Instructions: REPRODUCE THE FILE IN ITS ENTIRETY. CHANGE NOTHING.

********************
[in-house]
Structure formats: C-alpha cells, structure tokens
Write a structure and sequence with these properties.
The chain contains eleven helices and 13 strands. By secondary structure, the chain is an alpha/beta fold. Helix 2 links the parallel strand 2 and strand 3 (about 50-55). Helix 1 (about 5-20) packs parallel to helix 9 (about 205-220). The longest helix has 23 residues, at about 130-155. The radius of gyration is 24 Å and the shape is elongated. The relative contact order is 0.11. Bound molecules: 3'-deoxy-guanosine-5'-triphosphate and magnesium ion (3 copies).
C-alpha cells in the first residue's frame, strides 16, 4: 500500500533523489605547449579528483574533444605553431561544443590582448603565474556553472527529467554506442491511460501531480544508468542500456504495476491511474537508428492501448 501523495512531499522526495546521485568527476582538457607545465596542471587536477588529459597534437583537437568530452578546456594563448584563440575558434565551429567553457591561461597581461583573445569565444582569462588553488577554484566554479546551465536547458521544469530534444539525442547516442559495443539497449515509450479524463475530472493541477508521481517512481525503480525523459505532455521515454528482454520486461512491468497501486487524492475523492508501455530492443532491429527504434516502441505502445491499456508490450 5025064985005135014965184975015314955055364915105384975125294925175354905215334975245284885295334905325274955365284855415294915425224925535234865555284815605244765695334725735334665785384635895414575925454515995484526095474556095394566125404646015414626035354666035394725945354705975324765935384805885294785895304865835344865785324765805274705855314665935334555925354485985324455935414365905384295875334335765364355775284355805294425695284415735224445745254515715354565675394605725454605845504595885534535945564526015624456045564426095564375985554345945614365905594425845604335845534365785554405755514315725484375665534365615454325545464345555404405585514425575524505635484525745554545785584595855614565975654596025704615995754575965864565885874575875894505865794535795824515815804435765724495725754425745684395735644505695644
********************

[in-house]
Structure formats: C-alpha cells, structure tokens
Write a structure and sequence with these properties.
The chain contains eleven helices and 13 strands. By secondary structure, the chain is an alpha/beta fold. Helix 2 links the parallel strand 2 and strand 3 (about 50-55). Helix 1 (about 5-20) packs parallel to helix 9 (about 205-220). The longest helix has 23 residues, at about 130-155. The radius of gyration is 24 Å and the shape is elongated. The relative contact order is 0.11. Bound molecules: 3'-deoxy-guanosine-5'-triphosphate and magnesium ion (3 copies).
C-alpha cells in the first residue's frame, strides 16, 4: 500500500533523489605547449579528483574533444605553431561544443590582448603565474556553472527529467554506442491511460501531480544508468542500456504495476491511474537508428492501448 501523495512531499522526495546521485568527476582538457607545465596542471587536477588529459597534437583537437568530452578546456594563448584563440575558434565551429567553457591561461597581461583573445569565444582569462588553488577554484566554479546551465536547458521544469530534444539525442547516442559495443539497449515509450479524463475530472493541477508521481517512481525503480525523459505532455521515454528482454520486461512491468497501486487524492475523492508501455530492443532491429527504434516502441505502445491499456508490450 5025064985005135014965184975015314955055364915105384975125294925175354905215334975245284885295334905325274955365284855415294915425224925535234865555284815605244765695334725735334665785384635895414575925454515995484526095474556095394566125404646015414626035354666035394725945354705975324765935384805885294785895304865835344865785324765805274705855314665935334555925354485985324455935414365905384295875334335765364355775284355805294425695284415735224445745254515715354565675394605725454605845504595885534535945564526015624456045564426095564375985554345945614365905594425845604335845534365785554405755514315725484375665534365615454325545464345555404405585514425575524505635484525745554545785584595855614565975654596025704615995754575965864565885874575875894505865794535795824515815804435765724495725754425745684395735644505695644